From Ursinus’s Commentary on the Heidelberg Catechism, a collection of his teaching notes compiled principally by David Paraeus, we have this explanation of religious “ceremonies” and their permissibility in worship. This is included under the discussion of the Fourth Commandment:
III. HOW MANY KINDS OF CEREMONIES ARE THERE?
There are two kinds of ceremonies some that are commanded by God himself; and others that are instituted by men. Ceremonies which have been instituted by God, are such as constitute his worship, and can only be changed by God himself. Sacrifices, by which we offer and render obedience to God, are ceremonies of this sort, being divinely instituted. So the sacraments, by which God testifies and bestows his benefits upon us, are also divinely instituted. Ceremonies instituted by the church are not the worship of God, and may be changed by the advice of the church, if there are sufficient causes to demand a change.
IV. IS IT LAWFUL FOR THE CHURCH TO INSTITUTE CEREMONIES?
The church may and ought to institute certain ceremonies, inasmuch as the moral worship of God cannot be observed without defining and fixing the various circumstances connected with it. We may, therefore, say that it is proper for the church to institute ceremonies when the following conditions are observed: 1. They must not be unholy ; but such as are agreeable to the word of God. 2. They must not be superstitious such as may easily lead men astray, so as to attach to them worship, merit, or necessity, and which may occasion offence when observed. 3. They must not be too numerous, so as to be oppressive and burdensome. 4. They must not be empty, insignificant, and unprofitable; but tend to edification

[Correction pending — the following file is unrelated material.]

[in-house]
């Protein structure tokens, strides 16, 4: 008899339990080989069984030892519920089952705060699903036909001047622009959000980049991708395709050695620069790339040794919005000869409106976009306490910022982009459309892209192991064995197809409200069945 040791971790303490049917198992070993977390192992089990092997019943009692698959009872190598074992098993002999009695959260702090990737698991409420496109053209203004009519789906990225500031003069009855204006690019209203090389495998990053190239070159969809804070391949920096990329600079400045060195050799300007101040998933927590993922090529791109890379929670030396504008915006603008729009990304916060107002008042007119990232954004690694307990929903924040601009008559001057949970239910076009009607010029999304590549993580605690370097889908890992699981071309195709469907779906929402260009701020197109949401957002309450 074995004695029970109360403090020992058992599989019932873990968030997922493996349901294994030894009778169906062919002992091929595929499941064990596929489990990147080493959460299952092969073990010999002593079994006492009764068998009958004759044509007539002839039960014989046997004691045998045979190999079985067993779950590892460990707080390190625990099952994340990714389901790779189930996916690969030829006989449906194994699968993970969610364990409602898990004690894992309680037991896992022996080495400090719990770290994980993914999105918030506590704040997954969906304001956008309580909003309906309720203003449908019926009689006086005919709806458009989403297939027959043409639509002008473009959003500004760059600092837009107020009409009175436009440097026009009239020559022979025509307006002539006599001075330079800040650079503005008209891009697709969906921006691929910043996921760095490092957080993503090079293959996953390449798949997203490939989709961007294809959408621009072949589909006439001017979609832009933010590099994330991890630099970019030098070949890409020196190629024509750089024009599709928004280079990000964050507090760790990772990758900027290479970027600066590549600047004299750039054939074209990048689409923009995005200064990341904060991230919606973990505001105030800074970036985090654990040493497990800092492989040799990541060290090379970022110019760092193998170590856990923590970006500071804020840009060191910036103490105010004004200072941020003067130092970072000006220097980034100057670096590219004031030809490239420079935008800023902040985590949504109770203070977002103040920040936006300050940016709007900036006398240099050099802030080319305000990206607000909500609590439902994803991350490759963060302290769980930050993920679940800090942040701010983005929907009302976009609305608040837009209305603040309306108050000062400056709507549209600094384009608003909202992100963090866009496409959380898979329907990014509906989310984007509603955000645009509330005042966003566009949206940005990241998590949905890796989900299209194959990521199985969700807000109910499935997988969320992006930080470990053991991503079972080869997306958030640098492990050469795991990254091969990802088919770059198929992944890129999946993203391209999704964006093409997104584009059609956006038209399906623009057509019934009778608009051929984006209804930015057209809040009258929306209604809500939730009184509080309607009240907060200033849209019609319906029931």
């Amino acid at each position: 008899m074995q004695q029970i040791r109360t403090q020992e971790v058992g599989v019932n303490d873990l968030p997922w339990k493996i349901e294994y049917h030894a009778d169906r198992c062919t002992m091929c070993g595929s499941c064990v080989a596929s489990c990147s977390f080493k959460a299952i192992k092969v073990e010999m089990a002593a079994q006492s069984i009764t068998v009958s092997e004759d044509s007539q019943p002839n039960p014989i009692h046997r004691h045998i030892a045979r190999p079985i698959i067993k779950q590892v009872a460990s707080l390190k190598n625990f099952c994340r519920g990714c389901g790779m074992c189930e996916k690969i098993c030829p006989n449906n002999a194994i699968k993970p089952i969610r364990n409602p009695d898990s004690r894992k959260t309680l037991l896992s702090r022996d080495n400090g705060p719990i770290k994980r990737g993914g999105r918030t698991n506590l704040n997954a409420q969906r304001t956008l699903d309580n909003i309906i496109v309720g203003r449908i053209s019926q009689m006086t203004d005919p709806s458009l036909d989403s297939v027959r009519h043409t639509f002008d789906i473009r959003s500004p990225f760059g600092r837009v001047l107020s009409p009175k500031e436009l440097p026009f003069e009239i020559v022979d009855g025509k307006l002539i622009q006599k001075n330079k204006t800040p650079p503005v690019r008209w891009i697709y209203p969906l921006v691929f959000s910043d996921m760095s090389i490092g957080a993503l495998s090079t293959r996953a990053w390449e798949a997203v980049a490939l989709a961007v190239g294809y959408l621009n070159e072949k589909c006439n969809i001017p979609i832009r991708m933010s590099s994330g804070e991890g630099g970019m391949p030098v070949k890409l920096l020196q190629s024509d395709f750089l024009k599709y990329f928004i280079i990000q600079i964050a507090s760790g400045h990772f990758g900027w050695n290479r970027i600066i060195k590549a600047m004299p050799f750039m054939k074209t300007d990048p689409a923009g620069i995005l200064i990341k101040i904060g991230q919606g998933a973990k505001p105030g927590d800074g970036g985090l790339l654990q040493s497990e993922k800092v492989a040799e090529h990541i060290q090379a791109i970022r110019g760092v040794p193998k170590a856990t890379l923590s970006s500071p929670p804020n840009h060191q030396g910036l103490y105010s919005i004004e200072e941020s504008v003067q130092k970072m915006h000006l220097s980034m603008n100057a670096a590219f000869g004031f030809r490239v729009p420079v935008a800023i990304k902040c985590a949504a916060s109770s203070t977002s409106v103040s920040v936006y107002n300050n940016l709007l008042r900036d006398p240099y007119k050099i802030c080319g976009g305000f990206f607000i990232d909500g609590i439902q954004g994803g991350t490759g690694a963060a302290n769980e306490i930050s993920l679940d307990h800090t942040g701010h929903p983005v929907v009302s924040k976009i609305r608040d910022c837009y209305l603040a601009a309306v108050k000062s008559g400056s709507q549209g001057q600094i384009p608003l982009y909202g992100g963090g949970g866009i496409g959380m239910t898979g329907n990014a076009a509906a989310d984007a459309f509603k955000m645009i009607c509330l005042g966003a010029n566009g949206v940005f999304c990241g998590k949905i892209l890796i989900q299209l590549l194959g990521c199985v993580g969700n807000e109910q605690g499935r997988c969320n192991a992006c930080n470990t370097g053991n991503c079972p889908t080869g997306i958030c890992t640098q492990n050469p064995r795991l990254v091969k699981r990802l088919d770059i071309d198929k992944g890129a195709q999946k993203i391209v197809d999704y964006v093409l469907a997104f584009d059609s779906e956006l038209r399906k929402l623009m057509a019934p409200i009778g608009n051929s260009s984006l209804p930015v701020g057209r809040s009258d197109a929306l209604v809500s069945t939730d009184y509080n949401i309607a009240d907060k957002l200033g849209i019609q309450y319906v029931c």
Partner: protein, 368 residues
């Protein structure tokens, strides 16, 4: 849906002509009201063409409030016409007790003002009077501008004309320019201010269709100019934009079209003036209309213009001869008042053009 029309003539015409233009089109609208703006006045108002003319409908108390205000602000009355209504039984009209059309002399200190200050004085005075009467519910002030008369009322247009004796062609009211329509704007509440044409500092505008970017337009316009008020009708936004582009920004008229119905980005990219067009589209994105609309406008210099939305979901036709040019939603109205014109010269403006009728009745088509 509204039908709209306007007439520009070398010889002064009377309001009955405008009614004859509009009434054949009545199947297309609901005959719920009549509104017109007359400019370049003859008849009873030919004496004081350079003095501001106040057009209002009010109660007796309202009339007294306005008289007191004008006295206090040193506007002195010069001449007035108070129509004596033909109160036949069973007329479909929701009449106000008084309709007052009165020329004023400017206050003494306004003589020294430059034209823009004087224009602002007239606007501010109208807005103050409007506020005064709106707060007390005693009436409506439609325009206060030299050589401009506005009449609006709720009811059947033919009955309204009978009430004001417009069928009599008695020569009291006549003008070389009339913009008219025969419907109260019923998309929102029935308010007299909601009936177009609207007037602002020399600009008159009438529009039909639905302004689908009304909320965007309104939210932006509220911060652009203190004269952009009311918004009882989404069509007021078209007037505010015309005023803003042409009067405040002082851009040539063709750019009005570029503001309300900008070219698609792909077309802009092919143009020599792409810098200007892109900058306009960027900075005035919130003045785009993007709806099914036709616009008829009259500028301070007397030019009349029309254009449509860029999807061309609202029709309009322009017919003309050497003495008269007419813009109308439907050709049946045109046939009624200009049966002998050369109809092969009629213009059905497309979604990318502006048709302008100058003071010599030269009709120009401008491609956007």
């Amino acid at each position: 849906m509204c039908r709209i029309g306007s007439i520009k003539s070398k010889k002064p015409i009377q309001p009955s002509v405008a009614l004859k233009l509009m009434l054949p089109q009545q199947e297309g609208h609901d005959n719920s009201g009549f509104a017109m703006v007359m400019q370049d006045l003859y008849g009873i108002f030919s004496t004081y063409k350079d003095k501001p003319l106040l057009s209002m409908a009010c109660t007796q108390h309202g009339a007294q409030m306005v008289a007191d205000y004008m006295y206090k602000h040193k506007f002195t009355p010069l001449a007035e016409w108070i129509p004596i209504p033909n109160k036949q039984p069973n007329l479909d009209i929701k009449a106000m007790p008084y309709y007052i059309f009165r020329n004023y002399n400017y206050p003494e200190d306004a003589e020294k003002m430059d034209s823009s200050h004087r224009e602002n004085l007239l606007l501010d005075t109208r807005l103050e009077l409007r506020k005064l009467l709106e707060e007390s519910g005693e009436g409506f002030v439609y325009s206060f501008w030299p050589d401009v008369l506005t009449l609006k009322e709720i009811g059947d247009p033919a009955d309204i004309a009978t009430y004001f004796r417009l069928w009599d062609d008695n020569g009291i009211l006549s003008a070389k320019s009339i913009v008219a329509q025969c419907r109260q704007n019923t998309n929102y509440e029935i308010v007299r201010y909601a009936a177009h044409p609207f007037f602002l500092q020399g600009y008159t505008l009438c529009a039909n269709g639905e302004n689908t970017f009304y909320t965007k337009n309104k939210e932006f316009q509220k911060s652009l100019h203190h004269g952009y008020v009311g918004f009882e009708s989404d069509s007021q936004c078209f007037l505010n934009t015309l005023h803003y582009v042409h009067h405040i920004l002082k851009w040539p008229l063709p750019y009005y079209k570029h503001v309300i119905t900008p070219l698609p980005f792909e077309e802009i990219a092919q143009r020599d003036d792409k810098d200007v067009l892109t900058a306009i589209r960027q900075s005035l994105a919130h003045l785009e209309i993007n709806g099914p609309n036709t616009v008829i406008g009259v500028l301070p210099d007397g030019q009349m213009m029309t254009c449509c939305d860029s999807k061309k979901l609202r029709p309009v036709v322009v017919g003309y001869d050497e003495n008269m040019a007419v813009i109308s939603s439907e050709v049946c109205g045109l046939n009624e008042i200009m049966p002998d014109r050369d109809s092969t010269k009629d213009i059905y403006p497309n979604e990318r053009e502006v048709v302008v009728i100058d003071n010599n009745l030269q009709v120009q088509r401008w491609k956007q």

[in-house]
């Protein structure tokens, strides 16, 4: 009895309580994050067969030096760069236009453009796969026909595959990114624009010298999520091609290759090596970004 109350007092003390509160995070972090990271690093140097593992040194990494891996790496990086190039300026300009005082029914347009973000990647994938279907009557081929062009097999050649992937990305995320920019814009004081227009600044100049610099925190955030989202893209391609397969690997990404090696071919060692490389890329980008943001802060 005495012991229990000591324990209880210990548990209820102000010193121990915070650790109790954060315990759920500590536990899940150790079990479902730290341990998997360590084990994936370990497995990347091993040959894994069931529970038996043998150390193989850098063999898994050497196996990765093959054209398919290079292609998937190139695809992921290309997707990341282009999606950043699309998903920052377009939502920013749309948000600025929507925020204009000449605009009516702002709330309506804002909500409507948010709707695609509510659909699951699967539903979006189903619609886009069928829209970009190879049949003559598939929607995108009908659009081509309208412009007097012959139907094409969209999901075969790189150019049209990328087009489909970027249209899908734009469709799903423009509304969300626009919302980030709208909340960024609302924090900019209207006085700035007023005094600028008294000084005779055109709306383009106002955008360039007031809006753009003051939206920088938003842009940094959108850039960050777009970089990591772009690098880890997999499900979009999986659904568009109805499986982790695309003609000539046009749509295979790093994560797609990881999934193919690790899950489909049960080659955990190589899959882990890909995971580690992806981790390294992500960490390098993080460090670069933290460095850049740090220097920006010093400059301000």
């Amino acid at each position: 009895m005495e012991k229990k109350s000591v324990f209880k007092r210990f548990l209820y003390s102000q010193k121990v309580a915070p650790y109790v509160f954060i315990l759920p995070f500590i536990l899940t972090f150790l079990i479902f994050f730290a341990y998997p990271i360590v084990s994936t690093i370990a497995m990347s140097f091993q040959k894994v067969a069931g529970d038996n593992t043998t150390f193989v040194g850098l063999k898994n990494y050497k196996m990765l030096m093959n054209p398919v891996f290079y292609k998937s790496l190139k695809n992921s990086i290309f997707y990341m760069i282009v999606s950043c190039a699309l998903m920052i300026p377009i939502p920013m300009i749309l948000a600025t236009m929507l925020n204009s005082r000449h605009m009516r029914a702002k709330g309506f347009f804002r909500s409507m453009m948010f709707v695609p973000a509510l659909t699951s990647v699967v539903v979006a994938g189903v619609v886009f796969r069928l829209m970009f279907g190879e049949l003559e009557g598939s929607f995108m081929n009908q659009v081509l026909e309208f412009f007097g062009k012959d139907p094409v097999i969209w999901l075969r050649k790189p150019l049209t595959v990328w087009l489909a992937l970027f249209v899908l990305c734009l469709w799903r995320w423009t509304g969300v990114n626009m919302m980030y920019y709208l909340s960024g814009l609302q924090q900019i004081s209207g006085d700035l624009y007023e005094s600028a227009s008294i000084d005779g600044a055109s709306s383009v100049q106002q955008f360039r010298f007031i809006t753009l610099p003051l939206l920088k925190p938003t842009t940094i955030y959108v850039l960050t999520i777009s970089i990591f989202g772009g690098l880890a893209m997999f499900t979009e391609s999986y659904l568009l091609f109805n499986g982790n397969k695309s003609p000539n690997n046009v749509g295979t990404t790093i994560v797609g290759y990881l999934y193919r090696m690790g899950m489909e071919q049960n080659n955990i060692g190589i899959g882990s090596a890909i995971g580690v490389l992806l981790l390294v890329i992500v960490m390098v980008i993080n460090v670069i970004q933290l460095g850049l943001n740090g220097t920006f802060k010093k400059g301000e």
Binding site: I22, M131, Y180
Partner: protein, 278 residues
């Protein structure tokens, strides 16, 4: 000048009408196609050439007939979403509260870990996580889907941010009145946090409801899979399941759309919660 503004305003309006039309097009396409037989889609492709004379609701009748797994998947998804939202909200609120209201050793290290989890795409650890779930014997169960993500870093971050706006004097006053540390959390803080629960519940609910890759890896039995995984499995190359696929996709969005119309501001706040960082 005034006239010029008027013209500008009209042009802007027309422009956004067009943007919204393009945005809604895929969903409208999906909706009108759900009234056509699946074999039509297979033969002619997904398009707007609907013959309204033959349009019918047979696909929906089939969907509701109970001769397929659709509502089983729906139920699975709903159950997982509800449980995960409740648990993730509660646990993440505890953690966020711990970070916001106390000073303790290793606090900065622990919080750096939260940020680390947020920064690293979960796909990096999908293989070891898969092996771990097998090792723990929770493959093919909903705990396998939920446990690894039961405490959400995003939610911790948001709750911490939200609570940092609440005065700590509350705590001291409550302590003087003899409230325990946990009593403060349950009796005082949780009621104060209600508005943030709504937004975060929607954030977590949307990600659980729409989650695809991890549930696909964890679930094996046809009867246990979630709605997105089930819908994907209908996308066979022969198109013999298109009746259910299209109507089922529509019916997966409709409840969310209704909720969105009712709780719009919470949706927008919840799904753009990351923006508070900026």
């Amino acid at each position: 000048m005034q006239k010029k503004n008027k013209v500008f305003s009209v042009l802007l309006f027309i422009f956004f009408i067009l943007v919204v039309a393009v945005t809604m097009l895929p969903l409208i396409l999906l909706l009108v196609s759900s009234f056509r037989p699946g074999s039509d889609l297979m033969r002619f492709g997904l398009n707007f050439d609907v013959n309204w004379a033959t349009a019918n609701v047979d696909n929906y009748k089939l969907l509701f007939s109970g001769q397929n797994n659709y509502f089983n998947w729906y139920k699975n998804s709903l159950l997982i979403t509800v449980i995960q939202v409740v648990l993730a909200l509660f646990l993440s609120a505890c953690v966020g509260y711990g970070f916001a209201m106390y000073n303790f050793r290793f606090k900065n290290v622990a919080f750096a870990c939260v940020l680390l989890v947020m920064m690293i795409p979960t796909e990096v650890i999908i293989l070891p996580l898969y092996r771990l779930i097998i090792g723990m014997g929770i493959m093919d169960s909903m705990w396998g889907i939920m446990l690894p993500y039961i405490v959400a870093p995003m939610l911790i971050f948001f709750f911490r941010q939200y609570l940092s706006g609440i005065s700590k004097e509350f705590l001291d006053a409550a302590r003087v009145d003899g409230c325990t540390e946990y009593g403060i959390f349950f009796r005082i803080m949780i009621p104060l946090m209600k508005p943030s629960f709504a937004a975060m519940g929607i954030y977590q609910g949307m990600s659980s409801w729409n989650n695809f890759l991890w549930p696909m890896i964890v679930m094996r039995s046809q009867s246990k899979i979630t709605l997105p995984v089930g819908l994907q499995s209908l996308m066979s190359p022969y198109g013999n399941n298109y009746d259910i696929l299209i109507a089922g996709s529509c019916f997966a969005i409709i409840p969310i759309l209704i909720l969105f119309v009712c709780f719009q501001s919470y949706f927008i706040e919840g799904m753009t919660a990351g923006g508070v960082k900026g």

It is clear that not all ceremonies need divine right, and that they can be changed by the church as necessary. This places them in the category of adiaphora and puts the Heidelberg’s teaching on liturgical ceremonies in the same broad category as the Lutheran and Anglican positions, in clear contrast with the later “Regulative Principle of Worship.”
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[…] is much more to be said about Zacharias Ursinus’s view of adiaphora and worship. Our previous post on the issue was widely read, but it did raise a number of important questions. […]